J -I was recording Knives of Ice, by Dim Mak. I was trying to use the one handed roll during the reoccurring verse section. It wasn’t a very well rehearsed part, and I basically ended up doing this over and over, and it must have went on for 2ish hours before I simplified the part and used the one handed roll for the turn around(s). Anyhow, for the remainder of the recording, my right hand was compromised and I started waking up with my whole right arm asleep. Pins and needles to the point of pain. I know this is permanent ligament, because I still have that sleeping sensation in my right hand on an intermittent basis. I can say that through rebuilding my one handed roll technique, and diet, its not nearly the issue that it has been. However, in the recording, you can hear the one handed roll that happens at every turn around and you can tell it isn’t as strong as it should be. To this day, I’ve restructured how I approach and use the one handed roll in order to make it a more sensible, and musical technique. At the time I was using a real heavy, full arm approach in order to get it to come out live. I pushed too hard, too fast, for too long, incorrectly, and something gave. That song turned out to be “The Incident at the Temple at Leng”, which ironically is one of my favorite songs on that album.
G- What is the craziest or most memorable show that you have played to date? Where was it and what was it like?
J- New York City. Origin/Gorguts at St.Vitus. Small room, sold out, lots of friends, one of my favorite cities on Earth. One of the best overall vibes I have ever picked up from a single show. Perfect end to an amazing tour. LIVE FROM NEW YORK IT’S SATURDAY NIGHT!!!!!!!!
G- Lastly, what advice can you give some of the young, up and coming drummers everywhere who want to make it in music, on the road, and as a professional drummer?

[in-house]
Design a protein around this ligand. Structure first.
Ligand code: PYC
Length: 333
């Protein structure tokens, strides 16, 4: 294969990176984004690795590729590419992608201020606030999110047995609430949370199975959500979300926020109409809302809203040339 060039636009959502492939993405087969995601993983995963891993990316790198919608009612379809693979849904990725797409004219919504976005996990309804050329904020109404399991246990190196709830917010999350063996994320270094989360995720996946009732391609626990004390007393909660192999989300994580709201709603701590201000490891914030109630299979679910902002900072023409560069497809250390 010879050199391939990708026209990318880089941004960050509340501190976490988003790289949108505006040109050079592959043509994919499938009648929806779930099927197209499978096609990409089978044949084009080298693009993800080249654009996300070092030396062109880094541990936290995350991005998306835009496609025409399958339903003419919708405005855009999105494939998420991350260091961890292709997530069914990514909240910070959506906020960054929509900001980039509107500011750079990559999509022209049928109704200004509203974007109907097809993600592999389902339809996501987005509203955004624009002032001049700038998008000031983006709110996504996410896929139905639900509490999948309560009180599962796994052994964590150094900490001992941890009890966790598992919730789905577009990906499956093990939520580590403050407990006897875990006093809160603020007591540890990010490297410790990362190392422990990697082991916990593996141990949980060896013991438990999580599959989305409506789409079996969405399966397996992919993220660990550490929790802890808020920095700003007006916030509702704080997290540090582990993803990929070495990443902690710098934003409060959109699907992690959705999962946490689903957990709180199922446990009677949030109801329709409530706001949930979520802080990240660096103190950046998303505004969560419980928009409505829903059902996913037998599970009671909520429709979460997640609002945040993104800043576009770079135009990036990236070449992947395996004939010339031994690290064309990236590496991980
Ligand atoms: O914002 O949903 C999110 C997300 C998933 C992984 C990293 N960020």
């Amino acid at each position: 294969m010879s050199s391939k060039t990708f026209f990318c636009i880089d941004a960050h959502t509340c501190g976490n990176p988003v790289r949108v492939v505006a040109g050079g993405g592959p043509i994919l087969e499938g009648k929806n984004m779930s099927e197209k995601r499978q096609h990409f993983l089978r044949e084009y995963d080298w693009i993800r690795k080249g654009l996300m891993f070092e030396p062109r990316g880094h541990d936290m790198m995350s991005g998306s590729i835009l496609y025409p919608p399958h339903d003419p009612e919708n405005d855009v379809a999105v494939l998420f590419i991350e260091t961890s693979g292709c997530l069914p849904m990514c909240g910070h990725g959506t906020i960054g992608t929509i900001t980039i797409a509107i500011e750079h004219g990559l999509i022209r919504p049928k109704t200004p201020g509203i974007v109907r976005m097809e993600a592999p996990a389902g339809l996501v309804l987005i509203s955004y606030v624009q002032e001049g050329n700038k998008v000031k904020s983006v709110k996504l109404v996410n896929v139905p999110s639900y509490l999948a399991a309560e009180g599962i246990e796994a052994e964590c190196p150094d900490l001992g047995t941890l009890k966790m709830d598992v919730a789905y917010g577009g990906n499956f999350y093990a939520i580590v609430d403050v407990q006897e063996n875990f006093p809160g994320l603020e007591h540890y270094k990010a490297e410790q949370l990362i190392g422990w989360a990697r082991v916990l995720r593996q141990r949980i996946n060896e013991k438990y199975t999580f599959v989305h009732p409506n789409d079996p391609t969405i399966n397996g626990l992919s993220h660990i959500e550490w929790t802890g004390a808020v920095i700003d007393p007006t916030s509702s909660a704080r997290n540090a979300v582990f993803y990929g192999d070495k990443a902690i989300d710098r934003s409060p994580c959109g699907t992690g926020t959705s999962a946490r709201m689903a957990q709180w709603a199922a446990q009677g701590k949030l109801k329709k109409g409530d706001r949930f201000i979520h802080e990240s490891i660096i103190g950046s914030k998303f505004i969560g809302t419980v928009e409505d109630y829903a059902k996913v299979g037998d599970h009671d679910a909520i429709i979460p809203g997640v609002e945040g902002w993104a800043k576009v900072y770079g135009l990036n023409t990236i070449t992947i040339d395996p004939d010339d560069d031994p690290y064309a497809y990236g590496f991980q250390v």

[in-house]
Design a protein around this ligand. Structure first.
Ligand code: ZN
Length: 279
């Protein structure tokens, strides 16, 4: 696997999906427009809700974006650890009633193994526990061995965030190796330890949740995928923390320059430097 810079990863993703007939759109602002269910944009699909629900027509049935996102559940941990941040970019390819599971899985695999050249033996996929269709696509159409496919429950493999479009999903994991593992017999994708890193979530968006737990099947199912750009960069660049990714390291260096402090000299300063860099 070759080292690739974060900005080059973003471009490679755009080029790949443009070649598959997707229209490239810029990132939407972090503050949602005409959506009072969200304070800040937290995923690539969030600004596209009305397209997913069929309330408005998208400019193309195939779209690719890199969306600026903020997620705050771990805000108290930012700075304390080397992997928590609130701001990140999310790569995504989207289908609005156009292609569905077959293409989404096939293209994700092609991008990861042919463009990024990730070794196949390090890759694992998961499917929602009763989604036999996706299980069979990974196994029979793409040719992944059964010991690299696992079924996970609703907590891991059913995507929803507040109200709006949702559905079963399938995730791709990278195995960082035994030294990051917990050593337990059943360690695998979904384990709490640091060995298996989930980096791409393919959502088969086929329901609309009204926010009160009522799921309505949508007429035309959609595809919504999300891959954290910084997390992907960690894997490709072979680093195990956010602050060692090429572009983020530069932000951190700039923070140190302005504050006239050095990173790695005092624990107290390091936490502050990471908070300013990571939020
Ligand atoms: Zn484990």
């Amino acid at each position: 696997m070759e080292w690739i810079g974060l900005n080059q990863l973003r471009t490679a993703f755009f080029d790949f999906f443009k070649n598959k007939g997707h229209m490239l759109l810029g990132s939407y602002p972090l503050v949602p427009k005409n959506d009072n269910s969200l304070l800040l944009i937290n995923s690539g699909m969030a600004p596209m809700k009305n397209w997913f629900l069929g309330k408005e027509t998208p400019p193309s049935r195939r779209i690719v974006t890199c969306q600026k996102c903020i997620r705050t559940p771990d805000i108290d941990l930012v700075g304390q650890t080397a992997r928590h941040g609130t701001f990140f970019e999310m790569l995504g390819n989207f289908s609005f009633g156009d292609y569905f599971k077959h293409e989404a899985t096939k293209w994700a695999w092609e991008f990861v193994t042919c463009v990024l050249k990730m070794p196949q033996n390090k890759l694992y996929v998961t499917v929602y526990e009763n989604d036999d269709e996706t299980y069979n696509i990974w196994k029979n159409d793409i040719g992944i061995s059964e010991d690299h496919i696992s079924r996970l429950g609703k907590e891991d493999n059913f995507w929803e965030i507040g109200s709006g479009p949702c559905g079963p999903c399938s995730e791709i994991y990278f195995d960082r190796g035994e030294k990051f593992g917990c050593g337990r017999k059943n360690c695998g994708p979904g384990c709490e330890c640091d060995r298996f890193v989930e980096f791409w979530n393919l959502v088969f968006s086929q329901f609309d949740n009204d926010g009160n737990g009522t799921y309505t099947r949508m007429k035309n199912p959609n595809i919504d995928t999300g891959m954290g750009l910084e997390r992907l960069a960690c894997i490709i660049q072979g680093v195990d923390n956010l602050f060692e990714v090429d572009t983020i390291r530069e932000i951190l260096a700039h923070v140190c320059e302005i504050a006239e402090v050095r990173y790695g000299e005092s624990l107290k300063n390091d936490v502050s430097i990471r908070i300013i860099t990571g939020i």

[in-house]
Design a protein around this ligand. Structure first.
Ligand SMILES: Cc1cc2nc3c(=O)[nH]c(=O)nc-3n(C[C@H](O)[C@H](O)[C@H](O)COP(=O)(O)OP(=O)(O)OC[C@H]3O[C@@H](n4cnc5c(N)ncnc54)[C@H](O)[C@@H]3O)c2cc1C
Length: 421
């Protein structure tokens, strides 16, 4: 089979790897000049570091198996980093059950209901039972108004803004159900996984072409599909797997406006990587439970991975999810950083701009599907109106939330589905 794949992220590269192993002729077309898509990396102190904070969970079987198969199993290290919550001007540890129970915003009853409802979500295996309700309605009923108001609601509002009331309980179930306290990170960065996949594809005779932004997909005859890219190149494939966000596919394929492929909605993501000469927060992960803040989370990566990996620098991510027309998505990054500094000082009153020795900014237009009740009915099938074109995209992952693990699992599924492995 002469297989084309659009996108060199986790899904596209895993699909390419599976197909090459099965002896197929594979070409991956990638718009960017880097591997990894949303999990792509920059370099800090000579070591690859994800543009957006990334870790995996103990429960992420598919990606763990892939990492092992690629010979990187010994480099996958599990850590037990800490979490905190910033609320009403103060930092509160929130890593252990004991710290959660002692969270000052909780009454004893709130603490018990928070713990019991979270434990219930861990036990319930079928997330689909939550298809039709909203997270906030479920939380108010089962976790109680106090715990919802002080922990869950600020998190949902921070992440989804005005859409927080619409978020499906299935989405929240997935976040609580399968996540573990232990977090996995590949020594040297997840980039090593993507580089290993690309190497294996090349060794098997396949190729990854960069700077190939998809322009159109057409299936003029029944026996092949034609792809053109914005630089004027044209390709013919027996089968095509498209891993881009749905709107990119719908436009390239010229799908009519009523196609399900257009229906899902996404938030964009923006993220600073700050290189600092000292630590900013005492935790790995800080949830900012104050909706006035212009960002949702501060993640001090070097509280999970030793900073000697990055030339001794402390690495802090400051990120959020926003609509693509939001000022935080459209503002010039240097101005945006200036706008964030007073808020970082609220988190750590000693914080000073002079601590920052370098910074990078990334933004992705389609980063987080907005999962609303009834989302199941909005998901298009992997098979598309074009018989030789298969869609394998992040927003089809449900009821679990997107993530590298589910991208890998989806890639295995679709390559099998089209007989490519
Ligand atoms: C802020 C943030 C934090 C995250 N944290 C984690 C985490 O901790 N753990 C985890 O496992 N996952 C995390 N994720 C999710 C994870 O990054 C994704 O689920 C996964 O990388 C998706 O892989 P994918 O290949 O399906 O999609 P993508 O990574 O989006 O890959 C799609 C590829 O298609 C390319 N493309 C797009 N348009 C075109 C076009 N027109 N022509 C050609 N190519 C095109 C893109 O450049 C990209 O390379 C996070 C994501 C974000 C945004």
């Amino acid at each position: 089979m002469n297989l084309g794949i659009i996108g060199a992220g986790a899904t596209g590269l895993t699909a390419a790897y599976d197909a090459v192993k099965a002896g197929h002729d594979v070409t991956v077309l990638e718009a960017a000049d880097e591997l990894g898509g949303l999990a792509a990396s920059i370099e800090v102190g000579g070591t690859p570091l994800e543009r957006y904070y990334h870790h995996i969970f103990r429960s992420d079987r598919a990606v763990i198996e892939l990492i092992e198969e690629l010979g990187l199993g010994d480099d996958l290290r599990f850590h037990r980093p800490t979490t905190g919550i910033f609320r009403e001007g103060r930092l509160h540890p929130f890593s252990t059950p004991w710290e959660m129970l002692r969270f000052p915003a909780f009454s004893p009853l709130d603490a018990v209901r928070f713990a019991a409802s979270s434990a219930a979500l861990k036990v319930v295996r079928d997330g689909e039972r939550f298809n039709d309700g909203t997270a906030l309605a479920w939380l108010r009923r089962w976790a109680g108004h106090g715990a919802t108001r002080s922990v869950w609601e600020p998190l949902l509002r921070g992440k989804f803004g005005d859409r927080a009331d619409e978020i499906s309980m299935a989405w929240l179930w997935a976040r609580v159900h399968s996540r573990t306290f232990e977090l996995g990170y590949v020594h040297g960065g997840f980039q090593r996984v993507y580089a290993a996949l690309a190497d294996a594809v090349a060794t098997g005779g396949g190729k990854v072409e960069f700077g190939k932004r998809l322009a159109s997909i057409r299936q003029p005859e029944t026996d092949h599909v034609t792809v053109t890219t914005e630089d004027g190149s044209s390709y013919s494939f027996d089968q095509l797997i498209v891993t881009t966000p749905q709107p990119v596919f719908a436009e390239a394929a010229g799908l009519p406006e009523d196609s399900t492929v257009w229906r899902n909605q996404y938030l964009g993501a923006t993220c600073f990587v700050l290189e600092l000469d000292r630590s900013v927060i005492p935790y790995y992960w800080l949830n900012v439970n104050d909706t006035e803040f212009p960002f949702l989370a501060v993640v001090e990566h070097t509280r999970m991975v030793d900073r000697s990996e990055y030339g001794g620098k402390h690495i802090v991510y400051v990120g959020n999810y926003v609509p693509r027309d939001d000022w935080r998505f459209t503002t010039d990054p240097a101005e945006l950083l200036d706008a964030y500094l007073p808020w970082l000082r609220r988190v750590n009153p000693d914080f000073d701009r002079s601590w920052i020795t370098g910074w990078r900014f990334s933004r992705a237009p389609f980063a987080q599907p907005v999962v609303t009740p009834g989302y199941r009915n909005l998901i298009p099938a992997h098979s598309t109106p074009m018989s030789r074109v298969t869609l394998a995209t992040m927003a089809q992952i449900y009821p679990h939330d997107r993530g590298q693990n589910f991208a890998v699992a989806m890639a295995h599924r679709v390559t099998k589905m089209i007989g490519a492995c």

J- First off, it’s a tough, and dirty job. Don’t look for the glamour, money, and rock star status that you’ve read about in “The Dirt” or seen on MTV growing up as a child. That barely exists anymore, and where it does exist, it’s outside of metal.
Metal, of all forms is about “labor of love”, and that is why John Gallagher and I say “They always come back” (yes I dropped a fucking name, but its important). We say this a lot, every time we cross paths on tour. We always talk about a guy that has retired because he lost his love and worked too hard, but came back because his memory held on to all the good parts. This is what happens to anybody that follows their own dream, or path in any discipline. The end result is that you get to claim something as “your own”.
Get some education, learn how to hold a solid job. PLEASE develop real world skills alongside developing blast beats. Try a mom and pop business in a college town and get in there WAYYY before you start touring. Develop a healthy relationship with them and they will let you have that flexible schedule that allows you to work on music. Just be ready to work and PAY ATTENTION. The good stuff goes by quick.
Also, thank you very much for this interview. Thank you to everyone that supported the DVD process, and the Origin/Guts tour.
Do you wear hearing protection when you perform? Why or why not? Do you think it is important for your fans to protect their ears?
J- Always, and very important. I actually wear noise canceling in ears, so I can have my monitor settings at a manageable level on stage AND protect my hearing. One day, I’ll get smart and become more responsible with the car stereo knob. Until then……what?